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      Post-sports career healthy ageing: The Janus-faced, high-performance sport

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          Abstract

          By now, there is no doubt that regular physical exercise has an overall beneficial effect on each organ of the body. However, the effects of highly competitive sports (HCS) are more complex, as they exert greater demands on the cardiovascular and metabolic systems, among others. Strength, athletic, and aesthetic sport types each has a different exercise intensity and nutritional loading, as well as a different prevalence of cardiometabolic diseases at a later age. HCS athletes experience hypertension and mental stress during competitions and high nutritional loads between them. The post-career effects of this behaviour on the heart, arteries, cellular metabolism, and risk of obesity, are not well known and are not often the focus of research. In this review, we aimed to summarize the post-career effects of HCS. Based on data in the literature, we propose that athletes involved in highly competitive strength sports progressively develop metabolic syndrome and sustained elevated blood pressure.

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          Author and article information

          Contributors
          Journal
          2066
          Developments in Health Sciences
          DHS
          Akadémiai Kiadó (Budapest )
          2630-9378
          2630-936X
          31 October 2020
          31 July 2020
          : 3
          : 1
          : 9-15
          Affiliations
          [1 ] Dr Rose Private Hospital , Budapest, Hungary
          [2 ] deptDepartmental Group of Geriatrics, 2nd Department of Internal Medicine, Faculty of Medicine, Semmelweis University , Budapest, Hungary
          [3 ] Institute for Translational Medicine, Medical School, University of Pécs , Pécs, Hungary
          [4 ] deptDepartment of Translational Medicine, Faculty of Medicine, Semmelweis University , Budapest, Hungary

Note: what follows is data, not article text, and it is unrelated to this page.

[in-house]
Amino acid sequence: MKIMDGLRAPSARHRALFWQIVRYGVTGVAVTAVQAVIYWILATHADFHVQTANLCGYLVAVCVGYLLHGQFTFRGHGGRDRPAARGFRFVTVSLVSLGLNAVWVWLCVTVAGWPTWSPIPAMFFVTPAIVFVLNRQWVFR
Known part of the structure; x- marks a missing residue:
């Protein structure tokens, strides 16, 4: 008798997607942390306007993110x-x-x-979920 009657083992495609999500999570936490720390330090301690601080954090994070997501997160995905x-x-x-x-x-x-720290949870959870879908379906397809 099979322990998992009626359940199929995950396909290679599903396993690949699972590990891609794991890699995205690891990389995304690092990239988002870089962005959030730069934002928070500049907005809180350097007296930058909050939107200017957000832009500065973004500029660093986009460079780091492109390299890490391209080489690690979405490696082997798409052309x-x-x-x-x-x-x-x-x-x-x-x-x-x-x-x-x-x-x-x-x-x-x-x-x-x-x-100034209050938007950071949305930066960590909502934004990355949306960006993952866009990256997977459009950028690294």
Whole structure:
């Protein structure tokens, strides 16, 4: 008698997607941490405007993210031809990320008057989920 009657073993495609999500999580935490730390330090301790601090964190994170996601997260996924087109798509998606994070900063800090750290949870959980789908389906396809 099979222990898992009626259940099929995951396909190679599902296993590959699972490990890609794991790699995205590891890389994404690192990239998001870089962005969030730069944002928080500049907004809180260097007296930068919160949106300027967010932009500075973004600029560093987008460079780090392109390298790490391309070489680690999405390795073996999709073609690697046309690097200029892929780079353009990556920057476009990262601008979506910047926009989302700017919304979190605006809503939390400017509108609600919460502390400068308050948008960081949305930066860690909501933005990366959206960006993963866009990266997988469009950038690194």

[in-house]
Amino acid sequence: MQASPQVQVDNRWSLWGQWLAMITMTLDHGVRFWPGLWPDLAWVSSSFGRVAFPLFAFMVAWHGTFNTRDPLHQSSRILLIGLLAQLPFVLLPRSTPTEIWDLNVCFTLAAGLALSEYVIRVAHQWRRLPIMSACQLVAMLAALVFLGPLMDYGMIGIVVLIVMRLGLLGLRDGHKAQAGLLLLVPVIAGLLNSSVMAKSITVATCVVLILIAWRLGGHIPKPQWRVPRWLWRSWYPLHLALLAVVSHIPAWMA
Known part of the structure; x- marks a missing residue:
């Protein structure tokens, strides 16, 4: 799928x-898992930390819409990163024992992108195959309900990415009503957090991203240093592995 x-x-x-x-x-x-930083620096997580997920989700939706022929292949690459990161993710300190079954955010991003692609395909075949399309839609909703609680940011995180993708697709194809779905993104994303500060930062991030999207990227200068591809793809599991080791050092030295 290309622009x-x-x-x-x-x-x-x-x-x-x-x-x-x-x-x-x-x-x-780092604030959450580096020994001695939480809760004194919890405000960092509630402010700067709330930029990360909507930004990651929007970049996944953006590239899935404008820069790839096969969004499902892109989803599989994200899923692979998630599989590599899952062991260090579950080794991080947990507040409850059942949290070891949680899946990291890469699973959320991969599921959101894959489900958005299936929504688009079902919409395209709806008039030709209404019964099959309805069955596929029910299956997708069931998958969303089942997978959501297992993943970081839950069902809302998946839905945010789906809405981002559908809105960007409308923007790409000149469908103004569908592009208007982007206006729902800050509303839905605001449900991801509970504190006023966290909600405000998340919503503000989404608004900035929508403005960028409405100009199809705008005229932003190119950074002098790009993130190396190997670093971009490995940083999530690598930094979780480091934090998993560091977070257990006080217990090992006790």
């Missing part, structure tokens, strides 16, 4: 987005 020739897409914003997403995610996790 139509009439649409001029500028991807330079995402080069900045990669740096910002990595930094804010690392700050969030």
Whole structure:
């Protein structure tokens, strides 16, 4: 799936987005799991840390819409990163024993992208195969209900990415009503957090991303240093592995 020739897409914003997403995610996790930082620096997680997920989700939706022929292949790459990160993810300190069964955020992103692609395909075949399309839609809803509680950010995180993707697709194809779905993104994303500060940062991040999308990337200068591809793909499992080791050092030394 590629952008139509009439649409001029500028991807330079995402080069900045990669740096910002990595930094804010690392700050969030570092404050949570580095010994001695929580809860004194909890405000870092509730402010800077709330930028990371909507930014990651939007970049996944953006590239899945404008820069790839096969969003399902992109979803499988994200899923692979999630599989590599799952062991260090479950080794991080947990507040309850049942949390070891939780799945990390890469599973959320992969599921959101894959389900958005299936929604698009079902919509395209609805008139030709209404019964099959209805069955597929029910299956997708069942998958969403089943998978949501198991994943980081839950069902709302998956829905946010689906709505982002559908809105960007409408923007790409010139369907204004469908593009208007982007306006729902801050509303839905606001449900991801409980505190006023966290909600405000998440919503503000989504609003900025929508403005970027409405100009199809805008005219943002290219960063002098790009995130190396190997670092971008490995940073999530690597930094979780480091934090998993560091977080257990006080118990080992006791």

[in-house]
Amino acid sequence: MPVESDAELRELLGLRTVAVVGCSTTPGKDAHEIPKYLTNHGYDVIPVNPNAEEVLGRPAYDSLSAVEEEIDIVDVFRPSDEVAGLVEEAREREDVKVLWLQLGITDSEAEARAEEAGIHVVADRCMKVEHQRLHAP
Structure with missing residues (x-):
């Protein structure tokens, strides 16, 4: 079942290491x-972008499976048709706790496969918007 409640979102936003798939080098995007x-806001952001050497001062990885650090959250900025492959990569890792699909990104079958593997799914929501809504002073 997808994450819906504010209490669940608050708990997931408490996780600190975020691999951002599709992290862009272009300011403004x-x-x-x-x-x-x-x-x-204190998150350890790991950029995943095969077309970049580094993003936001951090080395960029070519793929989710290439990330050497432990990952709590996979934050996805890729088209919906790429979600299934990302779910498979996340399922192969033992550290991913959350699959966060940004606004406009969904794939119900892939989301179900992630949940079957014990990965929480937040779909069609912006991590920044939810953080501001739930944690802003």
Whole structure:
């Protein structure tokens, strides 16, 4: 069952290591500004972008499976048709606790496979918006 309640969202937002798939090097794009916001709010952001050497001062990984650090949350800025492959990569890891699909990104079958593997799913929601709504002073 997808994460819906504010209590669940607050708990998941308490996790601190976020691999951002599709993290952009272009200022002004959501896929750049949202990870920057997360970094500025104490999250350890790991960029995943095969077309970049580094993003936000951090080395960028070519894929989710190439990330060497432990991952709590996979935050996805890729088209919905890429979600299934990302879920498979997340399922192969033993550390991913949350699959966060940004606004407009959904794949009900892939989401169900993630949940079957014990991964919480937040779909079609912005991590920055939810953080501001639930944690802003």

[5 ] Sport-physiology Research Center, Institute for Sports and Health Sciences, University of Physical Education , Budapest, Hungary
          [6 ] deptDepartment of Morphology and Physiology, Faculty of Health Sciences, Semmelweis University , Budapest, Hungary
          [7 ] Faculty of Education and Psychology, Eötvös Loránd University , Budapest, Hungary
          [8 ] deptDepartment of Physiology, New York Medical College , Valhalla, NY, USA
          Author notes
          []Corresponding author. deptDepartment of Morphology and Physiology, Faculty of Health Sciences, Semmelweis University , Vas utca 17, Budapest, H-1088, Hungary E-mail: akos.koller@ 123456gmail.com
          Article
          10.1556/2066.2020.00002
          e1b91083-057f-42b4-98e9-54208d2e9a2f
          © 2020 The Author(s)

          Open Access. This is an open-access article distributed under the terms of the Creative Commons Attribution 4.0 International License ( https://creativecommons.org/licenses/by/4.0/), which permits unrestricted use, distribution, and reproduction in any medium, provided the original author and source are credited, a link to the CC License is provided, and changes – if any – are indicated. (SID_1)

          Page count
          Figures: 1, Equations: 0, References: 63, Pages: 07
          Categories
          Call for Papers–Review Article
          Custom metadata
          1

          Medicine,Immunology,Health & Social care,Microbiology & Virology,Infectious disease & Microbiology
          sport,hypertension,cardiovascular system,physical activity,metabolism

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